I painted the base of the table the same blue that I used on the farmhouse table. Everything in our cabin has a denim, red and white theme.
The 4 counter height chairs came from a resale shop for $10.00 each. They look really modern and I am not in love with them but they are functional. I am waiting for inspiration to figure out how to make them look more like the rest of the cabin.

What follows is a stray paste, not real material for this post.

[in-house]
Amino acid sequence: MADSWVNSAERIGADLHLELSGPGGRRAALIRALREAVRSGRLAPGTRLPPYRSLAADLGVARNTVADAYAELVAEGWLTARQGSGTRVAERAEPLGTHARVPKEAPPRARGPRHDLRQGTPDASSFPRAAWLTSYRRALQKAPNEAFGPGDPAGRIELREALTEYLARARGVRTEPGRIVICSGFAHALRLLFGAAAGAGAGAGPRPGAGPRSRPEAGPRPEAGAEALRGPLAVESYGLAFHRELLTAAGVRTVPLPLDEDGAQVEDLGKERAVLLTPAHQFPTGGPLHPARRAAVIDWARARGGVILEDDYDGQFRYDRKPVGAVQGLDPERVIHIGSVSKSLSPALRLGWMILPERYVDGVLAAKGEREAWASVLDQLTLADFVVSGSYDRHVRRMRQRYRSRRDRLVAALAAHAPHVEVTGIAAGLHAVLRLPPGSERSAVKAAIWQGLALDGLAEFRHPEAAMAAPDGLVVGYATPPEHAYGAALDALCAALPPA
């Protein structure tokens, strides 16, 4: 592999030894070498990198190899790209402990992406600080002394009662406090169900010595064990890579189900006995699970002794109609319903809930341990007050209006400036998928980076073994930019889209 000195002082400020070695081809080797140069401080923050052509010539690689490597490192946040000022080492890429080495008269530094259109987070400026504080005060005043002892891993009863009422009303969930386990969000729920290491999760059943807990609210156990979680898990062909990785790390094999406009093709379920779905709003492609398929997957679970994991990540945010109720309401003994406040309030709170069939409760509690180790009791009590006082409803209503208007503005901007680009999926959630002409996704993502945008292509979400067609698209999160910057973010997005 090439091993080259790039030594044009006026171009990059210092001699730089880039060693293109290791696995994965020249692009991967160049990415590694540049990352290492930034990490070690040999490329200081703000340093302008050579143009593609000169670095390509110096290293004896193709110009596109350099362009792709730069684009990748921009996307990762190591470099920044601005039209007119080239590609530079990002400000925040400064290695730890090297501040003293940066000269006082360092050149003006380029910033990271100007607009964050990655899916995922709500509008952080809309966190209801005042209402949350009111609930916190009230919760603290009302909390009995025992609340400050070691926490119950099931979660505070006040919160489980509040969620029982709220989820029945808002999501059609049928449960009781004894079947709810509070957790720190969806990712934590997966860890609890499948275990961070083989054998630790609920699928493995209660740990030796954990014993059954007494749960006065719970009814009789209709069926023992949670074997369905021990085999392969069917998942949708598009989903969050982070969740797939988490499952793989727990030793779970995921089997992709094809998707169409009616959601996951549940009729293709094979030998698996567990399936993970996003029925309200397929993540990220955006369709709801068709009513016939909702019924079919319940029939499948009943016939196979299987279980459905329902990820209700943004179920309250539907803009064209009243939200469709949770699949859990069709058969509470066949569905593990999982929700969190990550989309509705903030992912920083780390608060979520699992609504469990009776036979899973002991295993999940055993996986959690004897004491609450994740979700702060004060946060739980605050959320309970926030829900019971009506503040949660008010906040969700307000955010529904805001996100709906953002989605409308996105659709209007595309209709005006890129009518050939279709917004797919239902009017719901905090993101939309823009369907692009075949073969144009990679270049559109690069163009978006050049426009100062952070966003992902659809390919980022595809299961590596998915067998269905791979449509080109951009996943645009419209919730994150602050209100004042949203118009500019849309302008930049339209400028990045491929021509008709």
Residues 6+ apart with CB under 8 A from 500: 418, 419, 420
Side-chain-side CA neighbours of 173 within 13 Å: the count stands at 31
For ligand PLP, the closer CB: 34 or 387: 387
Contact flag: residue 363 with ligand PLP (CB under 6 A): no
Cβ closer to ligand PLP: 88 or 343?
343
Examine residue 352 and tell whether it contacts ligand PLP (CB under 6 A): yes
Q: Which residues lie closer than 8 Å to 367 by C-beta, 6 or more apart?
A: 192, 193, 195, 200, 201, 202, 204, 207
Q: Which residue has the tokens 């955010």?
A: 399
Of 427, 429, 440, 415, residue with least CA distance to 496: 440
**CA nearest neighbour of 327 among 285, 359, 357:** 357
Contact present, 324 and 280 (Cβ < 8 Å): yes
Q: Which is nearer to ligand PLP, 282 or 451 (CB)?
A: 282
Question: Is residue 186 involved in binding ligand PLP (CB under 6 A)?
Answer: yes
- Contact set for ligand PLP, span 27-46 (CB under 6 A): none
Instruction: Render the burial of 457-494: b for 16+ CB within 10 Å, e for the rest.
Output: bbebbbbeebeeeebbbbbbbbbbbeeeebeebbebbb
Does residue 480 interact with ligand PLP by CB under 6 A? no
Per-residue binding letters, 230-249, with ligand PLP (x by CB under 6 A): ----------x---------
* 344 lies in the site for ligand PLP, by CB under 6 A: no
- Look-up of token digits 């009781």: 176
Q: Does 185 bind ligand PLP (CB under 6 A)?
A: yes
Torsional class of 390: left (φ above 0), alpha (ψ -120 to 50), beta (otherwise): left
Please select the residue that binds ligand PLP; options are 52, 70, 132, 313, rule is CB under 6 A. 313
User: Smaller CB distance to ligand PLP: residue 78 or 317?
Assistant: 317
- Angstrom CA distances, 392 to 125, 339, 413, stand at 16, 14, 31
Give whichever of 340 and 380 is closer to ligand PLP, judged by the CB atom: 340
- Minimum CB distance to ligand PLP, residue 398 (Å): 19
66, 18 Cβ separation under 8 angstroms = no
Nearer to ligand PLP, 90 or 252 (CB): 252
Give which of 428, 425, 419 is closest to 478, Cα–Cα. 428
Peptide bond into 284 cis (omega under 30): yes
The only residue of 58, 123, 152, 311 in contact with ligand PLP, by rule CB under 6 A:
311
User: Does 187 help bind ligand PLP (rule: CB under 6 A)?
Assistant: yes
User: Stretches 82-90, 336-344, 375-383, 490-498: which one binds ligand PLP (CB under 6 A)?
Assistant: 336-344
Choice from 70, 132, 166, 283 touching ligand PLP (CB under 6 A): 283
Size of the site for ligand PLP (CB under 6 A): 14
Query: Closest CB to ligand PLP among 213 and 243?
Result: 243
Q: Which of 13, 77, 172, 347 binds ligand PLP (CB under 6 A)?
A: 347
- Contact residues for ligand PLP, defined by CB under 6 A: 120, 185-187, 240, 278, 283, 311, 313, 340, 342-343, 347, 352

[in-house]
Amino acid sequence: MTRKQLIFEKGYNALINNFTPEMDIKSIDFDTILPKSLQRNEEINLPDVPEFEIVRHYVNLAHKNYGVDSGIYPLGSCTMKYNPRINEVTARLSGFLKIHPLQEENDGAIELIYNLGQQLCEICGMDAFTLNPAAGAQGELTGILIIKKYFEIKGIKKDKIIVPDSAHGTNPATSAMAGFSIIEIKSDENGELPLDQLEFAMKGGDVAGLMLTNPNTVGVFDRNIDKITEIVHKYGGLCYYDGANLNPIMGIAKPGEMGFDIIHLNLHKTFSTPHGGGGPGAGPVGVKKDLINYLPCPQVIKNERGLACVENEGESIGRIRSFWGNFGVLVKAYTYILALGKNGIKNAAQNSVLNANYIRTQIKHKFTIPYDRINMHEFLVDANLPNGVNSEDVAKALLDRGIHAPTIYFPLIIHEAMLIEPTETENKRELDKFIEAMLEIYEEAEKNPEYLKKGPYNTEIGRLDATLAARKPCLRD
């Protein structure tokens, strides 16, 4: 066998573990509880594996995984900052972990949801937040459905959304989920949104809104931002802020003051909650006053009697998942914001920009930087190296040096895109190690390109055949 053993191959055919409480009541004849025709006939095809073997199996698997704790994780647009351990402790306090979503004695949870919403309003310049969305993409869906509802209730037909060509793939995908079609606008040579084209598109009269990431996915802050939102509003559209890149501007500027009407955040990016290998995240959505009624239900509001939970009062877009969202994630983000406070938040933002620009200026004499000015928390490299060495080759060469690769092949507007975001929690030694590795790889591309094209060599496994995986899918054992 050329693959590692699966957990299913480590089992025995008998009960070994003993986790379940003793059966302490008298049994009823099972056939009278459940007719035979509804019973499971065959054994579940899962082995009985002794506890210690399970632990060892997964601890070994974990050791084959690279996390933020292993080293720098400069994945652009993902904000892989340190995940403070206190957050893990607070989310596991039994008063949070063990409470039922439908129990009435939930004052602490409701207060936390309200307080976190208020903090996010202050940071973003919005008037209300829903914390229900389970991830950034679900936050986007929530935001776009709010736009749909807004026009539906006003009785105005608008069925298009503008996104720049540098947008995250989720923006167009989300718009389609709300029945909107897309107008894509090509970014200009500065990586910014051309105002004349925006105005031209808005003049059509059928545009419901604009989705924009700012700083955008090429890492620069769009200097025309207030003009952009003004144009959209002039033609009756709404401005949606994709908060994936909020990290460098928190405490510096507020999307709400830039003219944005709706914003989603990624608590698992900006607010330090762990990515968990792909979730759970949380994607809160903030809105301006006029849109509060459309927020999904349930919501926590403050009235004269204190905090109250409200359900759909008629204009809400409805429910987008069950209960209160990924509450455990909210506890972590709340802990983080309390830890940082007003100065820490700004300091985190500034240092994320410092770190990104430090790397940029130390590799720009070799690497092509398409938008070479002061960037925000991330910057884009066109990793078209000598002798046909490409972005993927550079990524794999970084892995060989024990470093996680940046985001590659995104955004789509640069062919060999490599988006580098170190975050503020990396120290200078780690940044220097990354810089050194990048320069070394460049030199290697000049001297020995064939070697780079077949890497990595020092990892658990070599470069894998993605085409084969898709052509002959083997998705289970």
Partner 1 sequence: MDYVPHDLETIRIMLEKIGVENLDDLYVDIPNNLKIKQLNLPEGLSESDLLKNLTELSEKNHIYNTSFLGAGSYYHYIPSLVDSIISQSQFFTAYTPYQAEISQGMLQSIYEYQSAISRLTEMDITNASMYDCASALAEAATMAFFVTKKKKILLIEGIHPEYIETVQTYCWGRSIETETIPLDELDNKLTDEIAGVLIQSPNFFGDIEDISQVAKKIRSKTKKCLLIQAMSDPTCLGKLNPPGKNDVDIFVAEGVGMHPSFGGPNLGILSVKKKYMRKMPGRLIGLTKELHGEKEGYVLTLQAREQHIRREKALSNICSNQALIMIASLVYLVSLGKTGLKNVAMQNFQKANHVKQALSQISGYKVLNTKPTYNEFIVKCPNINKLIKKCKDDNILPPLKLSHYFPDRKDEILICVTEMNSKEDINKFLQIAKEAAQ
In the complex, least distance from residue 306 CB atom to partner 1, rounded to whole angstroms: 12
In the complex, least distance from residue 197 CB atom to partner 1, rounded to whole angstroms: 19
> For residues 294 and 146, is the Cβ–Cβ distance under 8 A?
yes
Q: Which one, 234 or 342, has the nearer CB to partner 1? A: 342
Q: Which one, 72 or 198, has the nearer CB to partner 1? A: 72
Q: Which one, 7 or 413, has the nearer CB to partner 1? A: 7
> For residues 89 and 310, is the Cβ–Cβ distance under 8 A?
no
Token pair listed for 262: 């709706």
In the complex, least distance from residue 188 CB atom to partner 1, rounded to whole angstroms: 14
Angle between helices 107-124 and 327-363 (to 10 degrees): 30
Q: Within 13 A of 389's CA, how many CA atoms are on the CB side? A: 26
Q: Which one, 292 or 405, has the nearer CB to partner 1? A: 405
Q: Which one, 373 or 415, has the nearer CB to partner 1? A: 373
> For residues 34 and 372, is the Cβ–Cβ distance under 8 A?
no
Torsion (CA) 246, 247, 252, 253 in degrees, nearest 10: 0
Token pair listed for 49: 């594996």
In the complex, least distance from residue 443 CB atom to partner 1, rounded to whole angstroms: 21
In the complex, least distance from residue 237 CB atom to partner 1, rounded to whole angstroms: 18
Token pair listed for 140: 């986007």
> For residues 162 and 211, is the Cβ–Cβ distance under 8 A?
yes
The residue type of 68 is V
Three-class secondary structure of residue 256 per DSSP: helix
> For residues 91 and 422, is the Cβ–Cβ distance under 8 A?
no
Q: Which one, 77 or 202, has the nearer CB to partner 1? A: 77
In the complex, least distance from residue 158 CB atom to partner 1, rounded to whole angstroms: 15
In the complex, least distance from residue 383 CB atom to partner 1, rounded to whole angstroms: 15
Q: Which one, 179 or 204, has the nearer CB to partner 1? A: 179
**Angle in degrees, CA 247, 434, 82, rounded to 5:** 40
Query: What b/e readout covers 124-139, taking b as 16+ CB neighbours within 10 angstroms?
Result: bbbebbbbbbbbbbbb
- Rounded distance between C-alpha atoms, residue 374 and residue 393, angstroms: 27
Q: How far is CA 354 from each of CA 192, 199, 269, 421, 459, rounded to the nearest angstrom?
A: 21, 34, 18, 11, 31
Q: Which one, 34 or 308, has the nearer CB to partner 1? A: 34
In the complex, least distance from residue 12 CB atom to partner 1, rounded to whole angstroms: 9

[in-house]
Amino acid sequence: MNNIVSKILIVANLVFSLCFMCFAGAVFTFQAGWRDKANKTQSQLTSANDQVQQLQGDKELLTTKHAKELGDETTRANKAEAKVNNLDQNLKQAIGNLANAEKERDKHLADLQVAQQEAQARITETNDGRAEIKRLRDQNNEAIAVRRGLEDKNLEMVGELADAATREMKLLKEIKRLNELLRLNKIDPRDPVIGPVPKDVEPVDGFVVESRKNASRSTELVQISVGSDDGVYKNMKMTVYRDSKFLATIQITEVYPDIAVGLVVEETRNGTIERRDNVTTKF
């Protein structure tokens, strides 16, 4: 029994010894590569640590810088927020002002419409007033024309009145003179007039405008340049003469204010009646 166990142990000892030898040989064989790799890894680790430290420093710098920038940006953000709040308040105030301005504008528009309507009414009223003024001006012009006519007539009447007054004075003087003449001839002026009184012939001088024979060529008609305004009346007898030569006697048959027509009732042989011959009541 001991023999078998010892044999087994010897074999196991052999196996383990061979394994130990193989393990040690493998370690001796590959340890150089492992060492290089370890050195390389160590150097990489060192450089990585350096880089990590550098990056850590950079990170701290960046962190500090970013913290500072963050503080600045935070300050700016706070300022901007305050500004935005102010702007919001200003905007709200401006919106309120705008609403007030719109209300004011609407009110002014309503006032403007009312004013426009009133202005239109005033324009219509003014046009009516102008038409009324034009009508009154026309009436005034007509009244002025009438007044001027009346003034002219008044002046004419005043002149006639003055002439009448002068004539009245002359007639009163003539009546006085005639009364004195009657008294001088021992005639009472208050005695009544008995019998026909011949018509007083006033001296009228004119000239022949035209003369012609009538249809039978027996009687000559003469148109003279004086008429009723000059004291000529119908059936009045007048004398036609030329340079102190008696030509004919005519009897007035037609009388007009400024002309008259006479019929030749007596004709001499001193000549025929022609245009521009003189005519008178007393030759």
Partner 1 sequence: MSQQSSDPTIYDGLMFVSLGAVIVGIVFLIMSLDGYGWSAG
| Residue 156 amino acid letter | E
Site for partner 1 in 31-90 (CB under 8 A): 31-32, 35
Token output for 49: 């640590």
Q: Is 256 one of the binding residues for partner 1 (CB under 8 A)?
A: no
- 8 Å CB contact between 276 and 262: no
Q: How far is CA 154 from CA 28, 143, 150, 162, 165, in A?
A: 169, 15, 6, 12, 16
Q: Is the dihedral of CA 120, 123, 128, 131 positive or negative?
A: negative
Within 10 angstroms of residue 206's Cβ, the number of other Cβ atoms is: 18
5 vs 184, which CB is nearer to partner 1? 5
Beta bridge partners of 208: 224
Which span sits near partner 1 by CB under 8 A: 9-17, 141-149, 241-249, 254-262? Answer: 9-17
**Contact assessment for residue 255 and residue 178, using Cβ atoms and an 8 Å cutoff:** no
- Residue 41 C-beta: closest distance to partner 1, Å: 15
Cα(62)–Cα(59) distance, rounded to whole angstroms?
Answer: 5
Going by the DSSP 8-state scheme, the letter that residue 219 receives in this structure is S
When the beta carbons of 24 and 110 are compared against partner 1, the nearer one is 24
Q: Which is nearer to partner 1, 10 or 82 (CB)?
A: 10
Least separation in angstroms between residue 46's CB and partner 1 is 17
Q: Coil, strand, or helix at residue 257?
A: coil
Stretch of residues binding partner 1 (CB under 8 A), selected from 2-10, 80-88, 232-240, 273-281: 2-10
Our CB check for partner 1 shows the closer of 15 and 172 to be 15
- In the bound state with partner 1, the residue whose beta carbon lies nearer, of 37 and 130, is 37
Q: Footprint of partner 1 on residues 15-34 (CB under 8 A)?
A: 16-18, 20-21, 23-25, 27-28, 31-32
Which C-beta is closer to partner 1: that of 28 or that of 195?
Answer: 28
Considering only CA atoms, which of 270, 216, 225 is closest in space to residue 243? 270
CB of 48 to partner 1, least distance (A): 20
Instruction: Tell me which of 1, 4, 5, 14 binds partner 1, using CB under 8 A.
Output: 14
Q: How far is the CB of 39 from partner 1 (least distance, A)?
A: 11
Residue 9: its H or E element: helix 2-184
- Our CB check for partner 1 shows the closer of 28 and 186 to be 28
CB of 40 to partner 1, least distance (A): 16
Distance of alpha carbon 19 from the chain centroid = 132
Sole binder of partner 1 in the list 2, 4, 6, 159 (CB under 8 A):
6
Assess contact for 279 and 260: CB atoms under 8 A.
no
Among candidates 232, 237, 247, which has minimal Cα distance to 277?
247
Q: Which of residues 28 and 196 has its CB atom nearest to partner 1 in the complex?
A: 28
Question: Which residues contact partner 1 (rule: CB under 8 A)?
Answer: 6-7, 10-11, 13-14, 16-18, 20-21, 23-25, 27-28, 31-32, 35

The total cost of the banquette and table was just over $75.00 including the Polyurethane, plywood, sanding pads etc. The chairs added $40.00 to the project so for just over $100 we now have a functioning seating area with storage that can double as additional counter space and actually takes up less room than a traditional table. It is steady enough to use but easily moves position. Yeah us!